Worried Your Student Aid Award Won’t Be Enough? Ask Again

How to Appeal to Your College for More Financial Aid

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For college students, preparing for a new school year is an exciting time. At least it should be. Some may be dreading the financial burden after reviewing their school’s financial aid award letter. Fortunately, the amount of aid offered in that letter isn’t set in stone. You can always submit a financial aid appeal letter through a formal process.

Yes, You Can Appeal

Completing the FAFSA (Free Application for Federal Student Aid) is essential to applying for most types of financial aid for college, but sometimes it doesn’t capture the full picture of your family’s financial situation. Perhaps the FAFSA form is too limited for you to report your family’s unusual circumstances. Or maybe you’ve had a big change in your life since you filed your FAFSA. If you fall into one of these categories, don’t panic. Your college’s financial aid office has the authority to take another look at your financial need and make certain adjustments that could lead to more aid.

Here’s what you need to do to submit a financial aid appeal letter:

1. Make Sure You Have a Good Reason

Federal law gives financial aid administrators the power to use their discretion, often referred to as “professional judgment,” to re-evaluate factors such as your ability to pay and your cost of attendance. But you need to give them a solid justification to grant an appeal for more aid.

Before you submit an appeal letter, determine if you have a good reason to ask for this extra consideration.

Diminished Ability to Pay

One good reason for appealing is if you or your family had a major hardship that affects your ability to pay your education costs:

  • Loss of a job or income
  • Death of a parent or spouse
  • Divorce or separation
  • Unusual medical bills not covered by insurance
  • Natural disaster

In other cases, you may have unusual circumstances that aren’t reflected in the FAFSA calculations because of the limitations of the application. Perhaps your family has to pay elementary or secondary school tuition or has unusually high ongoing medical bills. An appeal could also be granted if you've transferred funds from a regular IRA into a Roth IRA. This can increase the taxable income you reported on your tax return even though your family doesn’t actually have additional income available.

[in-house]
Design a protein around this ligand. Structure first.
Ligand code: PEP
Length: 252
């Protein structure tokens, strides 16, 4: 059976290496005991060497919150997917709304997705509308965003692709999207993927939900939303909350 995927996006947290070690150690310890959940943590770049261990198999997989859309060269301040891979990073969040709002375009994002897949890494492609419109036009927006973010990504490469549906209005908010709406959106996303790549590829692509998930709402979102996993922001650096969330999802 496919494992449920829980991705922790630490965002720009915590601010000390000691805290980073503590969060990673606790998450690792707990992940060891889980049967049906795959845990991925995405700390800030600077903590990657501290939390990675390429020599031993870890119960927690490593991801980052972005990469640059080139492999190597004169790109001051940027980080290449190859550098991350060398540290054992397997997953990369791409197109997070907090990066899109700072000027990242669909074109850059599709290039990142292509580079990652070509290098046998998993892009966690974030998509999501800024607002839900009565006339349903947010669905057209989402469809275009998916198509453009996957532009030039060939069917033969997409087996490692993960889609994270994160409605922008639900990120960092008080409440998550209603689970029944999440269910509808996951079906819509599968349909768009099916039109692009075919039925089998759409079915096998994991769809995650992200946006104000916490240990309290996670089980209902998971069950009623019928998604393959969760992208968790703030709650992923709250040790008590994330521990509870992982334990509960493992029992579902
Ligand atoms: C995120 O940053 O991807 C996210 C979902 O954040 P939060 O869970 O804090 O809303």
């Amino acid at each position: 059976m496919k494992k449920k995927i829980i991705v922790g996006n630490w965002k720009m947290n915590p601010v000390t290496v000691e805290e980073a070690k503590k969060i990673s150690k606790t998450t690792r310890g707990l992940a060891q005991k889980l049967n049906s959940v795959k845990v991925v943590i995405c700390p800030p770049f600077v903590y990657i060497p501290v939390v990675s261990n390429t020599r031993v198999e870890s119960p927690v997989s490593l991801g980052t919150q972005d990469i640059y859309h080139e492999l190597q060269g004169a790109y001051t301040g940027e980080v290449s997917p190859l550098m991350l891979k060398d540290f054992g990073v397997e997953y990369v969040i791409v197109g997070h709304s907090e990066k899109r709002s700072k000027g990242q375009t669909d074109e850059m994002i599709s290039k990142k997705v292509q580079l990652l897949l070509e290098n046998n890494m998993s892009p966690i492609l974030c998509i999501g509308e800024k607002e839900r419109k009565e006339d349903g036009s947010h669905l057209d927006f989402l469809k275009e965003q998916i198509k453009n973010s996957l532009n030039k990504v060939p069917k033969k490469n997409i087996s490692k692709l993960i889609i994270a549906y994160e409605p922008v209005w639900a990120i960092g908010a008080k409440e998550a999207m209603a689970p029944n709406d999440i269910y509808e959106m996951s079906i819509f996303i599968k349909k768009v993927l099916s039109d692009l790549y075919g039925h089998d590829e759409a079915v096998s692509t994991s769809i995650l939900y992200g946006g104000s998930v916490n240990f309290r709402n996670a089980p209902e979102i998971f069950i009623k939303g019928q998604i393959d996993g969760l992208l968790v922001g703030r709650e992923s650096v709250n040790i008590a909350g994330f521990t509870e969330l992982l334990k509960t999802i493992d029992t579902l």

Higher-Than-Projected College Costs

You might ask for a “cost of attendance” adjustment, also called a budget appeal, to reflect higher-than-expected expenses for:

  • Rent or utilities
  • Transportation
  • Childcare
  • Costs for a computer or other specialized educational equipment

Bills associated with lifestyle choices such as car payments or vacation or wedding expenses wouldn’t be considered a good reason to appeal for more aid.

Change in Dependency Status

You aren’t allowed to update much of the information on the FAFSA form because it must be accurate as of the day you originally signed the application. One exception is what’s called your “dependency status.” If you’ve had a life change that qualifies you to be an independent student, you must update your FAFSA so your parents’ income isn’t considered in determining your financial need. Common reasons include getting married, gaining a dependent (such as having a baby), or joining the military.